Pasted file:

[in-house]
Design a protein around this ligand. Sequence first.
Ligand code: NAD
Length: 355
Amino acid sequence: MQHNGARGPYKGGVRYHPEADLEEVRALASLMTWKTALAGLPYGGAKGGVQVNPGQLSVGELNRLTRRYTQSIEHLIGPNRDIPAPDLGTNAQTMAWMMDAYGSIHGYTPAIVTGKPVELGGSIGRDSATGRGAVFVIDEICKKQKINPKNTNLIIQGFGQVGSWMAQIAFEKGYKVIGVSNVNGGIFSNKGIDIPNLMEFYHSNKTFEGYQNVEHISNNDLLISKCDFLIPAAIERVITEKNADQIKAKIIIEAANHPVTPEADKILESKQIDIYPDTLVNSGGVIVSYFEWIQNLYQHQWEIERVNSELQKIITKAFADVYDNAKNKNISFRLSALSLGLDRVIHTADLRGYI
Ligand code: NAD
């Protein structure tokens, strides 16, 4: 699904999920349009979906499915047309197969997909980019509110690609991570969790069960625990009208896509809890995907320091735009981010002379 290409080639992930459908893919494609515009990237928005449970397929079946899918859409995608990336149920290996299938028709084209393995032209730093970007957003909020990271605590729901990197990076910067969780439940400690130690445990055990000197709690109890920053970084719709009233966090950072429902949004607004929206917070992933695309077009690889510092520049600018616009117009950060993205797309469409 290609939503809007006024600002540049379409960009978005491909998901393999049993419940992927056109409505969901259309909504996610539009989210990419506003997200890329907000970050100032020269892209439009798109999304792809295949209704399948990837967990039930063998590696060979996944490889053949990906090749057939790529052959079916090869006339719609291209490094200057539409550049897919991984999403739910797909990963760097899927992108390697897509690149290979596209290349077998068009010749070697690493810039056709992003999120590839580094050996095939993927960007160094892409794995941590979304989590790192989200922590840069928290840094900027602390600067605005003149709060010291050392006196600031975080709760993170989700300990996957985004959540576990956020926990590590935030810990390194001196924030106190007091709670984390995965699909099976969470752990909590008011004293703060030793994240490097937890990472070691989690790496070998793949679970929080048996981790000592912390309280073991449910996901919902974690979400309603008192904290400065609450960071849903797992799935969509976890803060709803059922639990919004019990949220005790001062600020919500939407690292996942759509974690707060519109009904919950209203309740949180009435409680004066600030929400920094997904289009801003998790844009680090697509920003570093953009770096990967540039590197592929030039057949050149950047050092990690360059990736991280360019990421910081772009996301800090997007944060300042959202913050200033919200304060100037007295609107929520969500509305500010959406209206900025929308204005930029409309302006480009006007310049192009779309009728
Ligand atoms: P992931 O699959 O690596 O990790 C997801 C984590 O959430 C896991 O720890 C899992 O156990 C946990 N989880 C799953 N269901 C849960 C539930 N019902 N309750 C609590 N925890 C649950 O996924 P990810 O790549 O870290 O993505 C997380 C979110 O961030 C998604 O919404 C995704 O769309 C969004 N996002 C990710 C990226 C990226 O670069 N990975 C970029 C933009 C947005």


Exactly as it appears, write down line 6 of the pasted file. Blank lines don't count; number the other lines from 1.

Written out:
Ligand code: NAD